Saturday 18 October 2008

Cry for me, Argentina

I've stated before in a number of posts that deficit and public debt reduction needs to become a major priority. Neither the Obama nor the McCain campaigns has this problem in their sights. The Obama tax plan is on balance better-funded, but it has far greater spending commitments, even before the revised EESA (which cuts at least $ 110 billion in revenue over 10 years) and Obama's latest $ 60 billion economic stimulus plan.

The numbers are becoming amazing, both in absolute terms and as a share of GDP. Remember that they do not include:

- State budget deficits

- Unfunded liabilities for social security, medicare and medicaid, at a time when the retirement of the baby boomer generation is creating a demographic bulge of retirees and senior citizens.

Lori Montgomery and Den Eggen report in today's Washington Post that the current surge in spending may push the annual deficit towards $ 1 trillion (Spending Surge Pushing Deficit Toward $1 Trillion).

Sarah Hernandez reports in Bloomberg that next year's deficit is already projected at above $ 500 billion, without taking into account EESA disbursements or new economic stimulus packages. (U.S. Debt May Grow $1 Trillion on Rescue, Barclays' Pond Says)

David Walker, former Comptroller General, issued a warning in a CNN commentary that according to his calculations, US public debt was on the order of $ 53 trillion is all unfunded liabilities are taken into account. (Commentary: America's $53 trillion debt problem)

My own post, back on 22 June ("Yes we can", or "No, we can't afford it") looks at some of the spending promises before EESA and the new stimulus packages were announced.

I can understand that in the last stages of a Presidential campaign, no self-respecting Presidential candidate is going to start promising tax increases and spending cuts across the board, on a scale necessary to reduce the debt. But unless the United States implements spending cuts (or revenue increases) on the order of at least $ 350 - 500 billion per year and allocate these towards debt reduction and re-funding Social Security, Medicaid and Medicare, the US will enter a debt spiral from which it will not easily exit.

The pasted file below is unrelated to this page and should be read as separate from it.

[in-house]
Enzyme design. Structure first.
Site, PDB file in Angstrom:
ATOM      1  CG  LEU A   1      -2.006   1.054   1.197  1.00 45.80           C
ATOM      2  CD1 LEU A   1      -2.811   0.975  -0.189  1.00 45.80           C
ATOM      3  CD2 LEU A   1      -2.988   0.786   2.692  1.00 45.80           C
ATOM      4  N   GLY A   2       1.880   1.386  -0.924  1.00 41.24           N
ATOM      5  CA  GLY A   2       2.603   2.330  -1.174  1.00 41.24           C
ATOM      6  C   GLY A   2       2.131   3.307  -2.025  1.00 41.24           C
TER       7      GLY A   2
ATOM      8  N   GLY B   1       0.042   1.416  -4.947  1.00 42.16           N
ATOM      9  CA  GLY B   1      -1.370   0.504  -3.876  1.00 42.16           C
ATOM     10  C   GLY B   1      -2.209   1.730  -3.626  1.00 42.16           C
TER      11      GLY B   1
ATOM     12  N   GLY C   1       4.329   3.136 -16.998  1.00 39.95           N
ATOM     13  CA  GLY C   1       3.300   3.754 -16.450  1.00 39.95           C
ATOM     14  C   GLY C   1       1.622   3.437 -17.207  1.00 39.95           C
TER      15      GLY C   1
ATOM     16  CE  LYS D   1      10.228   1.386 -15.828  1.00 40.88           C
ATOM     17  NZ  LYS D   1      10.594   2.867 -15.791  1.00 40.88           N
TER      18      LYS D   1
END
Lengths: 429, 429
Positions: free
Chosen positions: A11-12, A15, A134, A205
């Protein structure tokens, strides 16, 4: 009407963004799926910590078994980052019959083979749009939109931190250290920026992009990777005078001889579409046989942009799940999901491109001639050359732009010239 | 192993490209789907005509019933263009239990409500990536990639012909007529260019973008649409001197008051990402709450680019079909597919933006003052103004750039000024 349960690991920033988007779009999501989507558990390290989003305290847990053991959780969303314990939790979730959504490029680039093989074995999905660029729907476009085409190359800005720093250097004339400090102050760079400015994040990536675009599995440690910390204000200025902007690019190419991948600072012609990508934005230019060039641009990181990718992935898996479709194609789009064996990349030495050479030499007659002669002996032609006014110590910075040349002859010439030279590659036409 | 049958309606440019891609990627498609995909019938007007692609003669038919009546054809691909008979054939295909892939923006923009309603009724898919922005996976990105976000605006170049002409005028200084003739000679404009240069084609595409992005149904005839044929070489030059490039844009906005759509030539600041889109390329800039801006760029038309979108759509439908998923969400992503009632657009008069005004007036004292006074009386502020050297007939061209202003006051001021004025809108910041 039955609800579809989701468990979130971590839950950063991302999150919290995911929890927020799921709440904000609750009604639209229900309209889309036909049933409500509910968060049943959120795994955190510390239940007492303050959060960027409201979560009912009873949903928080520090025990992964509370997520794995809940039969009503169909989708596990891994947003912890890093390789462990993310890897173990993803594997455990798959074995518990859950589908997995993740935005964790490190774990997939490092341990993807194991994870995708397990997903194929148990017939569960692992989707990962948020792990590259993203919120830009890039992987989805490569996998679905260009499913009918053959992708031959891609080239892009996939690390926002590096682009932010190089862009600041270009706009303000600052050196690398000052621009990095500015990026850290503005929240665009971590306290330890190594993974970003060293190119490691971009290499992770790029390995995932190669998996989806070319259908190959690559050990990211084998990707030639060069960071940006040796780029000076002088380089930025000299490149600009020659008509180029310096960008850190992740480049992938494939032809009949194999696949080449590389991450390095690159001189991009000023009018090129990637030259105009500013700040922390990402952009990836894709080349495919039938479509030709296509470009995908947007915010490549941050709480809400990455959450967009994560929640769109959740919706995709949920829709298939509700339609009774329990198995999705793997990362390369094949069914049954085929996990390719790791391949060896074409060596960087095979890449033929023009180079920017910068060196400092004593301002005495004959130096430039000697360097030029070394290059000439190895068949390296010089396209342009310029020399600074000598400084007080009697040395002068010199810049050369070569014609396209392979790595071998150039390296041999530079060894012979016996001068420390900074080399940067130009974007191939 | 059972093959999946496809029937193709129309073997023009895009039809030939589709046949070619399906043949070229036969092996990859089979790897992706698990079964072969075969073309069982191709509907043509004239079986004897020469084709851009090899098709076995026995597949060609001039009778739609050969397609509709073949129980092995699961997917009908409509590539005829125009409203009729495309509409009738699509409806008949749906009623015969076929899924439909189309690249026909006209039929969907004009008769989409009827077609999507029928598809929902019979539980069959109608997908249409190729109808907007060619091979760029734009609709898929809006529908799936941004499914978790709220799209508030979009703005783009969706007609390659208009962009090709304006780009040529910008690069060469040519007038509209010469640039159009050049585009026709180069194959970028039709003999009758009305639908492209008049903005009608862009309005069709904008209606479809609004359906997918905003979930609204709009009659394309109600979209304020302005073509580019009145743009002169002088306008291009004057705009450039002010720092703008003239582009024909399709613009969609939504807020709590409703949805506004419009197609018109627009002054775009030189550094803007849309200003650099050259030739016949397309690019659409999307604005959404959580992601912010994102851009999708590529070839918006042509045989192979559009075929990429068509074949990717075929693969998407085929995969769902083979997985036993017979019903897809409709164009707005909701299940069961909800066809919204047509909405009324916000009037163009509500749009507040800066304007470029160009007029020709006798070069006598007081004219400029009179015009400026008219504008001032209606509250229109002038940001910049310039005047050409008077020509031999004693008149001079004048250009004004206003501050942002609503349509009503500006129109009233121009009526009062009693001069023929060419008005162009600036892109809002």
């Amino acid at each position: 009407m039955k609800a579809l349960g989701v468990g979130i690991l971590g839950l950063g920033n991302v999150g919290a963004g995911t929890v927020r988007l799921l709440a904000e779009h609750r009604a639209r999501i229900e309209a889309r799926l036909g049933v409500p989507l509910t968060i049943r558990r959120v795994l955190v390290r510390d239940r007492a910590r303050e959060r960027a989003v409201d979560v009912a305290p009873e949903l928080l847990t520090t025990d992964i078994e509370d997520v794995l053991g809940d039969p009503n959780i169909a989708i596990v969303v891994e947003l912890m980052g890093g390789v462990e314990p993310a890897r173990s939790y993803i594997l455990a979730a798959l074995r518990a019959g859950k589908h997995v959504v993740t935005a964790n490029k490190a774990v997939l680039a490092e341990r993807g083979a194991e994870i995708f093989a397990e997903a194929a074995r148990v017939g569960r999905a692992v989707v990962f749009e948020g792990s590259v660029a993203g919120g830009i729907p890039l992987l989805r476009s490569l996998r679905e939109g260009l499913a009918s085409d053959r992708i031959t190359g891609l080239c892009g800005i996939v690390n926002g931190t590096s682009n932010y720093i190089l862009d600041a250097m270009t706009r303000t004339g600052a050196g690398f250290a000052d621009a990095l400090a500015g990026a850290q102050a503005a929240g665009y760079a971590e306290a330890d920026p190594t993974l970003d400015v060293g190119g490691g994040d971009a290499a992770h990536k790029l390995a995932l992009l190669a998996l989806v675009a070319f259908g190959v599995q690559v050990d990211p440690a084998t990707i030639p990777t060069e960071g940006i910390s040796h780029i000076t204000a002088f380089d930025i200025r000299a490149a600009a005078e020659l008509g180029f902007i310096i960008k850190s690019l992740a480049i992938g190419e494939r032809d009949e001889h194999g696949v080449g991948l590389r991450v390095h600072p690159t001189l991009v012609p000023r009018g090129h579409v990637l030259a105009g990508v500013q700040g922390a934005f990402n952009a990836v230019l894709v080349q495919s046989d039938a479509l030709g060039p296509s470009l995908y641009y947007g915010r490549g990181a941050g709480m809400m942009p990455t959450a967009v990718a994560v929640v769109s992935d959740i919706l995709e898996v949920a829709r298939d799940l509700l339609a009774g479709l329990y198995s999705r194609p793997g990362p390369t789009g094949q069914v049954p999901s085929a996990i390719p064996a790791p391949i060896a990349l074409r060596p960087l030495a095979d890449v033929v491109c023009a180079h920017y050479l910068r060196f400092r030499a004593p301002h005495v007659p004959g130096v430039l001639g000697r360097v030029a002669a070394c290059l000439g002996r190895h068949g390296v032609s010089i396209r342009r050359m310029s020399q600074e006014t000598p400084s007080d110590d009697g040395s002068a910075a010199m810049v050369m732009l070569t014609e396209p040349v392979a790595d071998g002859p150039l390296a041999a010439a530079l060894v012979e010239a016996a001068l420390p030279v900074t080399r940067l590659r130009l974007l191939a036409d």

Barack Obama has promised in the past to partially fund his spending plans through ending the War in Iraq. This campaign is costing about $ 10 billion a month, or $ 120 billion a year. This is mainly spent on combat operations deployment for 150,000 troops and support staff (not including contractors). Given the commitment to increase troops in Afghanistan, re-build depeleted military assets, and keep a "residual" force in Iraq (which I estimate would have to number between 35,000 - 40,000 troops), I don't see how more than $30 billion per year can be "saved" under optimal circumstances. That's a long way from funding either Obama's new spending promises (healthcare, infrastructure, middle class tax cuts, etc.) and debt reduction.

We should therefore not be surprised if many of the promises made during this campaign cannot be funded. If they are funded - through deficit spending - we should then not be surprised to see a far worse macroeconomic situation in 2010-2011. The dollar will plummet; the Fed will have to increase interest rates to fund debt instruments; economic growth will slow, and the US economy will start looking like Argentina's in the mid-1990s.

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